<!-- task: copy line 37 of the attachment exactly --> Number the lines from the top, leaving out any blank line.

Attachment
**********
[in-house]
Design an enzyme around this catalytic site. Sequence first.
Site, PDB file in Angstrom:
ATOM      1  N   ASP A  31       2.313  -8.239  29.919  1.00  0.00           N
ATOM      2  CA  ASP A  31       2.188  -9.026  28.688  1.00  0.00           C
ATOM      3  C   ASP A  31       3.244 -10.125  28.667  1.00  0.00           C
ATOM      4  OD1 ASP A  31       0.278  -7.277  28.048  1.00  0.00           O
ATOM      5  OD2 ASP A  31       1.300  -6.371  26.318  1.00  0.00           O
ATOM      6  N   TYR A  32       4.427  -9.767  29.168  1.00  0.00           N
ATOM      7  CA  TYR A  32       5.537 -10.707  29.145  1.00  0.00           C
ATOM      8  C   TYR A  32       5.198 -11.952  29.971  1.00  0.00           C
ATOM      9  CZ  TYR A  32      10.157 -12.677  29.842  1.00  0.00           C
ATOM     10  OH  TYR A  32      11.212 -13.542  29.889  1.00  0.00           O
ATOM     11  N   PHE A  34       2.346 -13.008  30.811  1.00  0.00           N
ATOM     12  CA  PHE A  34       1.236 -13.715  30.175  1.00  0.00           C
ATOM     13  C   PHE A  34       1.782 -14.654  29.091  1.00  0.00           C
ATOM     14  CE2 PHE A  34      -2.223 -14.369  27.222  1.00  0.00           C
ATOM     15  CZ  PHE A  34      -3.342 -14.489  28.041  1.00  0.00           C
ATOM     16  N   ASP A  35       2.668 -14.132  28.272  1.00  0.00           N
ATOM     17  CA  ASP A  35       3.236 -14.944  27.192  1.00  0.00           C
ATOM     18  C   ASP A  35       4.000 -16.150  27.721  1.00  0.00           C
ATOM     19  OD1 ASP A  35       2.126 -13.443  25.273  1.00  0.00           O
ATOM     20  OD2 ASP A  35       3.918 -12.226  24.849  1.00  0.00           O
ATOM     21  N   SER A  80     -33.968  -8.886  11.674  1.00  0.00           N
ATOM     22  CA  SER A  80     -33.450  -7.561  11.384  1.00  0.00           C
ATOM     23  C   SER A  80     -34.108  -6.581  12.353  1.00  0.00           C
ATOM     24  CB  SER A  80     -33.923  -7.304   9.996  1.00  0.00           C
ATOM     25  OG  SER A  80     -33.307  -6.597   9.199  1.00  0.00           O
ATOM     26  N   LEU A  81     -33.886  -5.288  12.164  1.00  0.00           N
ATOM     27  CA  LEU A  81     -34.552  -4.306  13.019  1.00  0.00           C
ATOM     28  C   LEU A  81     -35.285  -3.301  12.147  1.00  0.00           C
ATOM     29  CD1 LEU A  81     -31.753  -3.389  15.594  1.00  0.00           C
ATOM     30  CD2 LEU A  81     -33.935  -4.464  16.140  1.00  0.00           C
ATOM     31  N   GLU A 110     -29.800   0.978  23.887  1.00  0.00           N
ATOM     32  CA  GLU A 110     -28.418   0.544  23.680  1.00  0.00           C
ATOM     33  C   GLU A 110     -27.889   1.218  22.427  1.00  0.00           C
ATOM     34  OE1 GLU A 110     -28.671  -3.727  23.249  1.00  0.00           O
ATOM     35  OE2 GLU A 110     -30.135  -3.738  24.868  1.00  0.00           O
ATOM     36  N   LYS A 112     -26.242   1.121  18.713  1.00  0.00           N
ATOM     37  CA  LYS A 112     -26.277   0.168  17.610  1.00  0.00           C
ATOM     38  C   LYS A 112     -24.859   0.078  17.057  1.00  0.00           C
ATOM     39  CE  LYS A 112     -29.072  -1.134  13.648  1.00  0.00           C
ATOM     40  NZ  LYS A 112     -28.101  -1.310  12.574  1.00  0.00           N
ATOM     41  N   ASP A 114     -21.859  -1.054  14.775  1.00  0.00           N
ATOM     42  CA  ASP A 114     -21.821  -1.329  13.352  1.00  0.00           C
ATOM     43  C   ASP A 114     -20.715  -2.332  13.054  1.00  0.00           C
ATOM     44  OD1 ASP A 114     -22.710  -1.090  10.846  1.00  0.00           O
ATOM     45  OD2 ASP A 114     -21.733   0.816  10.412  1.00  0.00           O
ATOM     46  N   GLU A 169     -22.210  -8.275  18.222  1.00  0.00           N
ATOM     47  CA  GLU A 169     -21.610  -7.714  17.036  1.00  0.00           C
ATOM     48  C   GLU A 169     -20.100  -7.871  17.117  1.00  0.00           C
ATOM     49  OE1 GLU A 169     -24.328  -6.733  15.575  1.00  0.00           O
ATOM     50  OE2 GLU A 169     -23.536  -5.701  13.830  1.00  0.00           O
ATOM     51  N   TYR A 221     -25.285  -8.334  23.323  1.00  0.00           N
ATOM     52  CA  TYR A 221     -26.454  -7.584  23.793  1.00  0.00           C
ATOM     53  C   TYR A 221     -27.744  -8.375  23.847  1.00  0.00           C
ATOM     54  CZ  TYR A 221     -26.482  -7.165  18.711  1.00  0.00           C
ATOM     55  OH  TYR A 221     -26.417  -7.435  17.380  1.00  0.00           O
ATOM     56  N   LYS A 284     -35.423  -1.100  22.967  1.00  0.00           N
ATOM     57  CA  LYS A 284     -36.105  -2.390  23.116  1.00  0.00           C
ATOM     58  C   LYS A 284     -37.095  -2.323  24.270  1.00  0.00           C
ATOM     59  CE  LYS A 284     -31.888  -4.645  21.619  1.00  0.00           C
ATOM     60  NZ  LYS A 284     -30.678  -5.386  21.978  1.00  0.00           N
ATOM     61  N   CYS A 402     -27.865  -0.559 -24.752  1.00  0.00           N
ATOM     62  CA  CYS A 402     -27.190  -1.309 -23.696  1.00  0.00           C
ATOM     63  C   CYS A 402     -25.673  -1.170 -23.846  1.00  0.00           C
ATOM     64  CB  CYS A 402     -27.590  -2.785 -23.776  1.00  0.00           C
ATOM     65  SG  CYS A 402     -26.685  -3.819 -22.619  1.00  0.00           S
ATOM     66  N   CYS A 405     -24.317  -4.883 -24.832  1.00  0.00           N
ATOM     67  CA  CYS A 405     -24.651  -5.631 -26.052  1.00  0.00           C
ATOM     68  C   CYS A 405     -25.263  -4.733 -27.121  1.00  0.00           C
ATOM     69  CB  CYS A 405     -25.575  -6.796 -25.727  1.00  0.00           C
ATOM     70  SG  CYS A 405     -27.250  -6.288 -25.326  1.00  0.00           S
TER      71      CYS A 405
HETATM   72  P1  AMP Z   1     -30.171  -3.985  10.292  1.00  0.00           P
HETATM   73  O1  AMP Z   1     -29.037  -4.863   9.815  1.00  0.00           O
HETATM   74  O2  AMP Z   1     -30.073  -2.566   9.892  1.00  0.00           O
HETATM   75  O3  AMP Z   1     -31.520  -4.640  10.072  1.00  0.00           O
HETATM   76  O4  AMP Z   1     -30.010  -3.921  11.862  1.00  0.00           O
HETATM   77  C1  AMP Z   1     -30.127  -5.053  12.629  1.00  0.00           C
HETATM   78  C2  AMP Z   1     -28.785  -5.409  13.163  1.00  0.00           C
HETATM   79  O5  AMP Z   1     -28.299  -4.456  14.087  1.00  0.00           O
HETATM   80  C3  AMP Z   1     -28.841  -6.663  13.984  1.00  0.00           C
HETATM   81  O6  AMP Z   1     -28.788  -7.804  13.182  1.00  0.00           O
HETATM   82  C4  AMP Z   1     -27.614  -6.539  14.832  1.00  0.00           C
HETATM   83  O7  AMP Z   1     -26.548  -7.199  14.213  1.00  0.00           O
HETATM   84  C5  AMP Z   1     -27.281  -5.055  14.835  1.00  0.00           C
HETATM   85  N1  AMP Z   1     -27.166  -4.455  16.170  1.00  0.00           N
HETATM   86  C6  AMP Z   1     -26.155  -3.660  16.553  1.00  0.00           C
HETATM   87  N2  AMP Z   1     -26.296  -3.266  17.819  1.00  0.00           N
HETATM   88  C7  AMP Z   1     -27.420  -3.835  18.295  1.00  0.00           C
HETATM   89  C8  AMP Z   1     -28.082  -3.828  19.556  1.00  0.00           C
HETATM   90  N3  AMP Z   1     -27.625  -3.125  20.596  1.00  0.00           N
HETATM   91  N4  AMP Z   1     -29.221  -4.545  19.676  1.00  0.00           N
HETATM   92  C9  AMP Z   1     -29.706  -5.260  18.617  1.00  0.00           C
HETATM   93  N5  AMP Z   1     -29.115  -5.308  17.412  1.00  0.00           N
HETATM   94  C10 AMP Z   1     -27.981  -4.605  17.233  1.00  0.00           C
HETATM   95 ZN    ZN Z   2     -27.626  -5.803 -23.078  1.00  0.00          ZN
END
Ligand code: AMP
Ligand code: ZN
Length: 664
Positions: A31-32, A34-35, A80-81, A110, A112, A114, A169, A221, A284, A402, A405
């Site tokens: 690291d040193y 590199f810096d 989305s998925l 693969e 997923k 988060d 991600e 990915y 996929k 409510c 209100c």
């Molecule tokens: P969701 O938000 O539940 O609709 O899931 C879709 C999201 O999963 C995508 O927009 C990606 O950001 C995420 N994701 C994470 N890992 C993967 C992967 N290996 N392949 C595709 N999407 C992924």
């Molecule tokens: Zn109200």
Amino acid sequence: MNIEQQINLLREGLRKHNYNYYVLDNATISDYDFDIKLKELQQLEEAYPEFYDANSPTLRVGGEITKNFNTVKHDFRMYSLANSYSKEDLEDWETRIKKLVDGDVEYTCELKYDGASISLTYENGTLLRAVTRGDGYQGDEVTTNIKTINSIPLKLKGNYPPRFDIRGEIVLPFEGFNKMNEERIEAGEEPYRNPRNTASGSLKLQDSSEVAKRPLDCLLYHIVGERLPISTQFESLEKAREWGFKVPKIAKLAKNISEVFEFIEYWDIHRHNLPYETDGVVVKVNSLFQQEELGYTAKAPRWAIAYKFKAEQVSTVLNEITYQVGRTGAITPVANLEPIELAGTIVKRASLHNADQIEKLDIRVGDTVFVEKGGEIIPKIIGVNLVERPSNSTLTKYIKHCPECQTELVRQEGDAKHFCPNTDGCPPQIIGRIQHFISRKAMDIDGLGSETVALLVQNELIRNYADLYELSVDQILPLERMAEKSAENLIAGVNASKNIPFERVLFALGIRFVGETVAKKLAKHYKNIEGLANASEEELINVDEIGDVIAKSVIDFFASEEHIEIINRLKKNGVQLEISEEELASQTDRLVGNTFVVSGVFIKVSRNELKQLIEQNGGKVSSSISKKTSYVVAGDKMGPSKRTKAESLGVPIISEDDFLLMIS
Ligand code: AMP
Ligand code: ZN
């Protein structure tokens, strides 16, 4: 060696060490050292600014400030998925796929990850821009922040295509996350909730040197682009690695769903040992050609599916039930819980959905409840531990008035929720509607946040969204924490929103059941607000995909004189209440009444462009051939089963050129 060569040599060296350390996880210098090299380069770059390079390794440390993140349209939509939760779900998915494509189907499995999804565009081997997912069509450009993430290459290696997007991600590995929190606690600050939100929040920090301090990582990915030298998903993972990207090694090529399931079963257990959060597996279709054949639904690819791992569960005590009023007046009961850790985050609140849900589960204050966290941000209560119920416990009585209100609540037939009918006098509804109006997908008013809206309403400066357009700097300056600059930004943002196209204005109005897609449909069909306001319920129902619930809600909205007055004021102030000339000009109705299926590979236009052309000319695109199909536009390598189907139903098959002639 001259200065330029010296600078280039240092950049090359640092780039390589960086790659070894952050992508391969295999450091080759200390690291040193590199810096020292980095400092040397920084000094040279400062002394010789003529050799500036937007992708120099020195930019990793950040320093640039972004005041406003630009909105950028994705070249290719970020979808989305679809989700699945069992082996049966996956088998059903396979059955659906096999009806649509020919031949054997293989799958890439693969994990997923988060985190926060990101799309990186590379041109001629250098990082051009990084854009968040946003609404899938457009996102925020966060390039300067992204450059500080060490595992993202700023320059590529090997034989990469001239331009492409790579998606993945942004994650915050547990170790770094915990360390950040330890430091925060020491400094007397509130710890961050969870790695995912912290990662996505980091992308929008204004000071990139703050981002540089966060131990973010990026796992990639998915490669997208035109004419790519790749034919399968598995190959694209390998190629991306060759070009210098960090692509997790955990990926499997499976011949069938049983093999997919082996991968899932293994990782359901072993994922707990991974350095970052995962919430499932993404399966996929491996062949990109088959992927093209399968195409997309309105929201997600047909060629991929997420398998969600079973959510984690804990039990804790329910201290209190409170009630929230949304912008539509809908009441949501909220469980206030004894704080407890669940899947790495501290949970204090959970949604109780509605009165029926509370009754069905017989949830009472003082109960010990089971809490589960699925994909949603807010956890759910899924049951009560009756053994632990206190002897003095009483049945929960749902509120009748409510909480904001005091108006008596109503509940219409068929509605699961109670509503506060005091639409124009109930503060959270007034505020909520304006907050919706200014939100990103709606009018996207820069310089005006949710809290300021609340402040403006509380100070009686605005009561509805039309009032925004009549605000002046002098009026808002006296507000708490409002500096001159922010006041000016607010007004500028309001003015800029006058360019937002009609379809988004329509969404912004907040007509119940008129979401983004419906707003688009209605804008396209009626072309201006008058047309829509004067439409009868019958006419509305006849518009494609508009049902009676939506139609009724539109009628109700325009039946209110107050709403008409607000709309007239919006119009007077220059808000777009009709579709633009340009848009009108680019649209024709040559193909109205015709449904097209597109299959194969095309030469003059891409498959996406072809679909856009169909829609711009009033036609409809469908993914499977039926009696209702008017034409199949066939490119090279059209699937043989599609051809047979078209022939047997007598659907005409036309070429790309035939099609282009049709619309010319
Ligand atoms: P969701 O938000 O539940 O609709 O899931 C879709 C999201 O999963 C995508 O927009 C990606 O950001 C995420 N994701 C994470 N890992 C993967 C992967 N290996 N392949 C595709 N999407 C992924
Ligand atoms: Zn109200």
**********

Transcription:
ATOM     34  OE1 GLU A 110     -28.671  -3.727  23.249  1.00  0.00           O